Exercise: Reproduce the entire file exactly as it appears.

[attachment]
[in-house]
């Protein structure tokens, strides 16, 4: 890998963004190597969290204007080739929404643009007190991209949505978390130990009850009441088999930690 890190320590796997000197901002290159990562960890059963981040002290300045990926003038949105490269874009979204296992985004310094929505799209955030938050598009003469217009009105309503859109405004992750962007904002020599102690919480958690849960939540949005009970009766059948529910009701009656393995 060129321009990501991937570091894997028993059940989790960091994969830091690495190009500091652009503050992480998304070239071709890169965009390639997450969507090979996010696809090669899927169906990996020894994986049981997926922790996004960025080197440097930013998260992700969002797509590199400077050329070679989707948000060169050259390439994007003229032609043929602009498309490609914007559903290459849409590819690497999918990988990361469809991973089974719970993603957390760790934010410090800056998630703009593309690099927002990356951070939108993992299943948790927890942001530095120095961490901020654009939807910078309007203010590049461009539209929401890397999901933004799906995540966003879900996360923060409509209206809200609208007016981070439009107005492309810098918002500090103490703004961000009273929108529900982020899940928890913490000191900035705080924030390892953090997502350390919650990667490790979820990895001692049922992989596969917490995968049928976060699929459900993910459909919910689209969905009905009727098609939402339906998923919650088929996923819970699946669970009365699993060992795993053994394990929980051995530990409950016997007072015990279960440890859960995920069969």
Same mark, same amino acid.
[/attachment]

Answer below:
[in-house]
């Protein structure tokens, strides 16, 4: 890998963004190597969290204007080739929404643009007190991209949505978390130990009850009441088999930690 890190320590796997000197901002290159990562960890059963981040002290300045990926003038949105490269874009979204296992985004310094929505799209955030938050598009003469217009009105309503859109405004992750962007904002020599102690919480958690849960939540949005009970009766059948529910009701009656393995 060129321009990501991937570091894997028993059940989790960091994969830091690495190009500091652009503050992480998304070239071709890169965009390639997450969507090979996010696809090669899927169906990996020894994986049981997926922790996004960025080197440097930013998260992700969002797509590199400077050329070679989707948000060169050259390439994007003229032609043929602009498309490609914007559903290459849409590819690497999918990988990361469809991973089974719970993603957390760790934010410090800056998630703009593309690099927002990356951070939108993992299943948790927890942001530095120095961490901020654009939807910078309007203010590049461009539209929401890397999901933004799906995540966003879900996360923060409509209206809200609208007016981070439009107005492309810098918002500090103490703004961000009273929108529900982020899940928890913490000191900035705080924030390892953090997502350390919650990667490790979820990895001692049922992989596969917490995968049928976060699929459900993910459909919910689209969905009905009727098609939402339906998923919650088929996923819970699946669970009365699993060992795993053994394990929980051995530990409950016997007072015990279960440890859960995920069969």
Same mark, same amino acid.